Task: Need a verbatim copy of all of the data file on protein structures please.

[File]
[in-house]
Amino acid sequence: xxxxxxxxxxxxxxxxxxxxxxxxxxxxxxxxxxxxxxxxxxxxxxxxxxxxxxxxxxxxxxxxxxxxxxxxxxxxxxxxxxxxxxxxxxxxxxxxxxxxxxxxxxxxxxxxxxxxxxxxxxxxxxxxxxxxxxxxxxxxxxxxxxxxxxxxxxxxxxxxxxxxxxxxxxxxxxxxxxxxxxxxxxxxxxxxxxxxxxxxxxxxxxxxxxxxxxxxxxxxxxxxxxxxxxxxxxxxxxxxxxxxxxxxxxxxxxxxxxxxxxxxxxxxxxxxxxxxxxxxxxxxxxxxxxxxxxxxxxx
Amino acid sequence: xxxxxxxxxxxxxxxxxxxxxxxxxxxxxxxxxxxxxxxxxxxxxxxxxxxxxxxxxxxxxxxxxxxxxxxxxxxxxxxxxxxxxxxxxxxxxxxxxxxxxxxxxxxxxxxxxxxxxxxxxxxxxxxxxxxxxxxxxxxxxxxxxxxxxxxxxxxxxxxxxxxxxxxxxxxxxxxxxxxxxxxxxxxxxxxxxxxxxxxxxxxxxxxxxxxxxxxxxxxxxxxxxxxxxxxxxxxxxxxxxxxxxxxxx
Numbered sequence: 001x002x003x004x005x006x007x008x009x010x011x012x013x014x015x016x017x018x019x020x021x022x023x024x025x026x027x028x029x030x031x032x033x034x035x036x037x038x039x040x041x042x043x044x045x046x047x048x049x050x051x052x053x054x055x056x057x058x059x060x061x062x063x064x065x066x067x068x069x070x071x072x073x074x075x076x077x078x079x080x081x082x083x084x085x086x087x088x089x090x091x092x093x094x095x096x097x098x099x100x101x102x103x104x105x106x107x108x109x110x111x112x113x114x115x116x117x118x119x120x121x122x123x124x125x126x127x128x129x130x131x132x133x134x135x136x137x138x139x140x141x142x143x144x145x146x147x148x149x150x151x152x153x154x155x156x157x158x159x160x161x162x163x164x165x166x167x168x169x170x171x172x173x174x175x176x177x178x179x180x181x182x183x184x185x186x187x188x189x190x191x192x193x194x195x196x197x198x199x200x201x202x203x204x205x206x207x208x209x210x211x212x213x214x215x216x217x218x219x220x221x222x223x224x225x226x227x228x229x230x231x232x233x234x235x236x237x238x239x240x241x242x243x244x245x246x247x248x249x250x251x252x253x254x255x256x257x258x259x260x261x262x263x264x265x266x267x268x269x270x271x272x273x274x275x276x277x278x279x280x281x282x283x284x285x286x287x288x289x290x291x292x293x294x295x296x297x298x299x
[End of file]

[in-house]
Amino acid sequence: xxxxxxxxxxxxxxxxxxxxxxxxxxxxxxxxxxxxxxxxxxxxxxxxxxxxxxxxxxxxxxxxxxxxxxxxxxxxxxxxxxxxxxxxxxxxxxxxxxxxxxxxxxxxxxxxxxxxxxxxxxxxxxxxxxxxxxxxxxxxxxxxxxxxxxxxxxxxxxxxxxxxxxxxxxxxxxxxxxxxxxxxxxxxxxxxxxxxxxxxxxxxxxxxxxxxxxxxxxxxxxxxxxxxxxxxxxxxxxxxxxxxxxxxxxxxxxxxxxxxxxxxxxxxxxxxxxxxxxxxxxxxxxxxxxxxxxxxxxx
Amino acid sequence: xxxxxxxxxxxxxxxxxxxxxxxxxxxxxxxxxxxxxxxxxxxxxxxxxxxxxxxxxxxxxxxxxxxxxxxxxxxxxxxxxxxxxxxxxxxxxxxxxxxxxxxxxxxxxxxxxxxxxxxxxxxxxxxxxxxxxxxxxxxxxxxxxxxxxxxxxxxxxxxxxxxxxxxxxxxxxxxxxxxxxxxxxxxxxxxxxxxxxxxxxxxxxxxxxxxxxxxxxxxxxxxxxxxxxxxxxxxxxxxxxxxxxxxxx
Numbered sequence: 001x002x003x004x005x006x007x008x009x010x011x012x013x014x015x016x017x018x019x020x021x022x023x024x025x026x027x028x029x030x031x032x033x034x035x036x037x038x039x040x041x042x043x044x045x046x047x048x049x050x051x052x053x054x055x056x057x058x059x060x061x062x063x064x065x066x067x068x069x070x071x072x073x074x075x076x077x078x079x080x081x082x083x084x085x086x087x088x089x090x091x092x093x094x095x096x097x098x099x100x101x102x103x104x105x106x107x108x109x110x111x112x113x114x115x116x117x118x119x120x121x122x123x124x125x126x127x128x129x130x131x132x133x134x135x136x137x138x139x140x141x142x143x144x145x146x147x148x149x150x151x152x153x154x155x156x157x158x159x160x161x162x163x164x165x166x167x168x169x170x171x172x173x174x175x176x177x178x179x180x181x182x183x184x185x186x187x188x189x190x191x192x193x194x195x196x197x198x199x200x201x202x203x204x205x206x207x208x209x210x211x212x213x214x215x216x217x218x219x220x221x222x223x224x225x226x227x228x229x230x231x232x233x234x235x236x237x238x239x240x241x242x243x244x245x246x247x248x249x250x251x252x253x254x255x256x257x258x259x260x261x262x263x264x265x266x267x268x269x270x271x272x273x274x275x276x277x278x279x280x281x282x283x284x285x286x287x288x289x290x291x292x293x294x295x296x297x298x299x